Provided by: libapp-cmd-perl_0.331-1_all bug


       App::Cmd::Simple - a helper for building one-command App::Cmd applications


       version 0.331


       in simplecmd:

         use YourApp::Cmd;

       in YourApp/

         package YourApp::Cmd;
         use base qw(App::Cmd::Simple);

         sub opt_spec {
           return (
             [ "blortex|X",  "use the blortex algorithm" ],
             [ "recheck|r",  "recheck all results"       ],

         sub validate_args {
           my ($self, $opt, $args) = @_;

           # no args allowed but options!
           $self->usage_error("No args allowed") if @$args;

         sub execute {
           my ($self, $opt, $args) = @_;

           my $result = $opt->{blortex} ? blortex() : blort();

           recheck($result) if $opt->{recheck};

           print $result;

       and, finally, at the command line:

         knight!rjbs$ simplecmd --recheck

         All blorts successful.


       When writing a subclass of App::Cmd:Simple, there are only a few methods that you might
       want to implement.  They behave just like the same-named methods in App::Cmd.

       This method should be overridden to provide option specifications.  (This is list of
       arguments passed to "describe_options" from Getopt::Long::Descriptive, after the first.)

       If not overridden, it returns an empty list.

       This method should be overridden to provide the top level usage line.  It's a one-line
       summary of how the command is to be invoked, and should be given in the format used for
       the $usage_desc parameter to "describe_options" in Getopt::Long::Descriptive.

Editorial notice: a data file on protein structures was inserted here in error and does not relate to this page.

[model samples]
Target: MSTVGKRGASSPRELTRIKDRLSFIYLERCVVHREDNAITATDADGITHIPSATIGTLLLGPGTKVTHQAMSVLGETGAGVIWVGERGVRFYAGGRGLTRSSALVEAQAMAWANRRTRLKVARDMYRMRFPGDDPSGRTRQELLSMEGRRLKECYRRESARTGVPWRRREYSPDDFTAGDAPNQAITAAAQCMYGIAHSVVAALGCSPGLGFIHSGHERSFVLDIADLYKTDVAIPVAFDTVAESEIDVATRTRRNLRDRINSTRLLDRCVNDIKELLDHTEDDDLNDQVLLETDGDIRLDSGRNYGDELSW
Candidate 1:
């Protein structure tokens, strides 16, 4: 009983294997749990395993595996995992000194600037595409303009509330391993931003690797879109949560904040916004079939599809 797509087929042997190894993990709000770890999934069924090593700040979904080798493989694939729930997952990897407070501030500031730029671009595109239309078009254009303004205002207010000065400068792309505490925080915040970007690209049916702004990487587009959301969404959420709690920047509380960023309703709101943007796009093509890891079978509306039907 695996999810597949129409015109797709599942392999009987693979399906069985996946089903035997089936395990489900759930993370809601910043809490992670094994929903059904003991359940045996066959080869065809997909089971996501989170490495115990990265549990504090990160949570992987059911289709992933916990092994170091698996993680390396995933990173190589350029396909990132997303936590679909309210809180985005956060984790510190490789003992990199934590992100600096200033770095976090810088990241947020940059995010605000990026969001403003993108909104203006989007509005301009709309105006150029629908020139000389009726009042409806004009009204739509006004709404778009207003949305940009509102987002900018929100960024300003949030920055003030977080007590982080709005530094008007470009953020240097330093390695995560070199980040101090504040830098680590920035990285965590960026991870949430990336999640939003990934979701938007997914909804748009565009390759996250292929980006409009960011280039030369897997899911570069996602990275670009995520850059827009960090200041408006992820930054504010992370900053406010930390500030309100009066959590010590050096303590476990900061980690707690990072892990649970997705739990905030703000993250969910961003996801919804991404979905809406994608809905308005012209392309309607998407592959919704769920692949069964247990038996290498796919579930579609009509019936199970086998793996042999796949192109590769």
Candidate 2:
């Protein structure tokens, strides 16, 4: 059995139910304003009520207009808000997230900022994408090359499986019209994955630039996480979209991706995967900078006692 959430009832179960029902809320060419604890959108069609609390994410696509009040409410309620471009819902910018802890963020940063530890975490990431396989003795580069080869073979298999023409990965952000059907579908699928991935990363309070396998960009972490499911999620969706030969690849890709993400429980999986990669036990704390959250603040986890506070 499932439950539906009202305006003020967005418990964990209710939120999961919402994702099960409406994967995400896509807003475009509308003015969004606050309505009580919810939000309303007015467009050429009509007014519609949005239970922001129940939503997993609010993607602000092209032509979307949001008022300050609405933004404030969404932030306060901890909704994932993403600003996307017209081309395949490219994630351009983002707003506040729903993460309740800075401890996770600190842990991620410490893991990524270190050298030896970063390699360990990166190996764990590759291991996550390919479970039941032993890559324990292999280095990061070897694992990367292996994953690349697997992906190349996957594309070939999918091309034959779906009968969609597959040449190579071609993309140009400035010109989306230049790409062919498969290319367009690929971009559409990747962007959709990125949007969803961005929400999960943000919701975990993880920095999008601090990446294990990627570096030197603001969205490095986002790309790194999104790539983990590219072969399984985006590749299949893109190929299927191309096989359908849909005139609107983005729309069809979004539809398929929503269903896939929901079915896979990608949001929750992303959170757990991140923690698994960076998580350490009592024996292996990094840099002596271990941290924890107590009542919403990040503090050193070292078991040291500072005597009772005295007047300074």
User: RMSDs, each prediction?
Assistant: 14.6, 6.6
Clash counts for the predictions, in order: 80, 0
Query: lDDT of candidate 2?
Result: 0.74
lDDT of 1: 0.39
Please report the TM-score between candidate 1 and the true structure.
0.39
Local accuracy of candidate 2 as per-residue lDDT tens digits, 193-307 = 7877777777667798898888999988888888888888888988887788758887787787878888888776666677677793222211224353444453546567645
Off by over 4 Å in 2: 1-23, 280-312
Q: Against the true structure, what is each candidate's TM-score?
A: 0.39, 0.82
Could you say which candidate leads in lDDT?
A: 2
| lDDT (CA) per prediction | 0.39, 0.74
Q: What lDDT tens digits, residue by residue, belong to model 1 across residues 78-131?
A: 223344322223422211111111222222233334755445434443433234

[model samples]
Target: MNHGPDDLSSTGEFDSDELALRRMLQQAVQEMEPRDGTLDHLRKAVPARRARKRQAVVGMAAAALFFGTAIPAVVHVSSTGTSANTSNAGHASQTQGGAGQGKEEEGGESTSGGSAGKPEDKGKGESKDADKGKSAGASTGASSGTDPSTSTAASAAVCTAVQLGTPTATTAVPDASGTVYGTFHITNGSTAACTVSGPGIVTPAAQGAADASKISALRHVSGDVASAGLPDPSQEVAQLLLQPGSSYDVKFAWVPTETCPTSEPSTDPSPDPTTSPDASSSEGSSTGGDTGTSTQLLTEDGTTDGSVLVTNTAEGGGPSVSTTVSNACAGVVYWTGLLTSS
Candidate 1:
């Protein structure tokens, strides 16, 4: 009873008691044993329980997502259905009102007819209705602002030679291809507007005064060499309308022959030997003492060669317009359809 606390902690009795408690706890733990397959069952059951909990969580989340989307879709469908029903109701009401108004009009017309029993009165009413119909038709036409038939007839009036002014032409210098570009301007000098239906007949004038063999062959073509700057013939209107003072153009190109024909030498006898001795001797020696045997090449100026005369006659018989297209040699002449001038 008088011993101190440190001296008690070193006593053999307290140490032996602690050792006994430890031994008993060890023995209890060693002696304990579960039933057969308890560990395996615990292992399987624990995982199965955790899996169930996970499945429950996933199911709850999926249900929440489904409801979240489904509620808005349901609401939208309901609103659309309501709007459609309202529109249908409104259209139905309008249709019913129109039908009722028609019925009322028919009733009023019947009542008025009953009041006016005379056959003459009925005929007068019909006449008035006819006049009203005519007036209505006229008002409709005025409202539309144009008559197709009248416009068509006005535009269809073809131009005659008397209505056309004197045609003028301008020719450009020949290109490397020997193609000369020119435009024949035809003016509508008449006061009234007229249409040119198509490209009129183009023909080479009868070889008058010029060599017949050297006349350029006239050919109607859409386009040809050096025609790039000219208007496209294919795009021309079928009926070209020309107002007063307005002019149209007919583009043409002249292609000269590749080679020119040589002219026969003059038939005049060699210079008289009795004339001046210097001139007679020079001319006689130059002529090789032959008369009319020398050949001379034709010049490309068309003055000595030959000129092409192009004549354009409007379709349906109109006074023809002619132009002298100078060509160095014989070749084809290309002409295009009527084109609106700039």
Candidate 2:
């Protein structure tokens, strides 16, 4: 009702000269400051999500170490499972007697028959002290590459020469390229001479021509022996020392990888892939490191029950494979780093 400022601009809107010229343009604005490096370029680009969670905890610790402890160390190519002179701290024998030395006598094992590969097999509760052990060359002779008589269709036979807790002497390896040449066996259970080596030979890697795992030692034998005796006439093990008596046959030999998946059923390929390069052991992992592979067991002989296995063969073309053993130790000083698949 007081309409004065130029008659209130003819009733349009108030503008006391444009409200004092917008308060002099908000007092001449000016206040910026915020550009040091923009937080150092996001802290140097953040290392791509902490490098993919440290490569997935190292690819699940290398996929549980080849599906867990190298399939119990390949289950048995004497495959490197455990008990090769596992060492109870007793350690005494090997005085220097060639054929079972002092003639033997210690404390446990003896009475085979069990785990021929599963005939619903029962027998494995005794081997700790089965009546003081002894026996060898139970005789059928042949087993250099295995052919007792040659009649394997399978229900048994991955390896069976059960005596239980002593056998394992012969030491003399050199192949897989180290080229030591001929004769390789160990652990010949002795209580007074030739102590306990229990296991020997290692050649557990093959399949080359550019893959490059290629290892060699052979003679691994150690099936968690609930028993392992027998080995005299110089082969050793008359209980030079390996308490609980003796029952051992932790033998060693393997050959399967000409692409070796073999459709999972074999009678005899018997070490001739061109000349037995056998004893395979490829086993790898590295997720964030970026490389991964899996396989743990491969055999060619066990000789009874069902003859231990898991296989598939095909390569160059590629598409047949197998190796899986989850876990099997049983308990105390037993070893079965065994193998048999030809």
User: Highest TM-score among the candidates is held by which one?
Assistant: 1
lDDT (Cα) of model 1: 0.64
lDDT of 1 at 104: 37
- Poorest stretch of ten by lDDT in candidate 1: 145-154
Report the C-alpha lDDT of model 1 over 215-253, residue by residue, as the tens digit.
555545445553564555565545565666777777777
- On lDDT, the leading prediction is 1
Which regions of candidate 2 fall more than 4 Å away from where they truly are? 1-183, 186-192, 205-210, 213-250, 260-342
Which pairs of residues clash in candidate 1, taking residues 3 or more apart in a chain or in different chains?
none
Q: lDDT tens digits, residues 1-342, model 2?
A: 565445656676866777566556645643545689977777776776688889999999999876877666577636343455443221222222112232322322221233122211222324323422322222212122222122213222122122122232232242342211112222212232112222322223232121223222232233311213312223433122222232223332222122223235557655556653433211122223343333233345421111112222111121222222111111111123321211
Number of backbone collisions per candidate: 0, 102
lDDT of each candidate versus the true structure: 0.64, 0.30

If not overridden, it returns something that prints out like:

         yourapp [-?h] [long options...]

         $cmd->validate_args(\%opt, \@args);

       This method is passed a hashref of command line options (as processed by
       Getopt::Long::Descriptive) and an arrayref of leftover arguments.  It may throw an
       exception (preferably by calling "usage_error") if they are invalid, or it may do nothing
       to allow processing to continue.

         Your::App::Cmd::Simple->execute(\%opt, \@args);

       This method does whatever it is the command should do!  It is passed a hash reference of
       the parsed command-line options and an array reference of left over arguments.


       This should be considered experimental!  Although it is probably not going to change much,
       don't build your business model around it yet, okay?

       App::Cmd::Simple is not rich in black magic, but it does do some somewhat gnarly things to
       make an App::Cmd::Simple look as much like an App::Cmd::Command as possible.  This means
       that you can't deviate too much from the sort of thing shown in the synopsis as you might
       like.  If you're doing something other than writing a fairly simple command, and you want
       to screw around with the App::Cmd-iness of your program, Simple might not be the best

       One specific warning...  if you are writing a program with the App::Cmd::Simple class
       embedded in it, you must call import on the class.  That's how things work.  You can just
       do this:



       Ricardo Signes <>


       This software is copyright (c) 2016 by Ricardo Signes.

       This is free software; you can redistribute it and/or modify it under the same terms as
       the Perl 5 programming language system itself.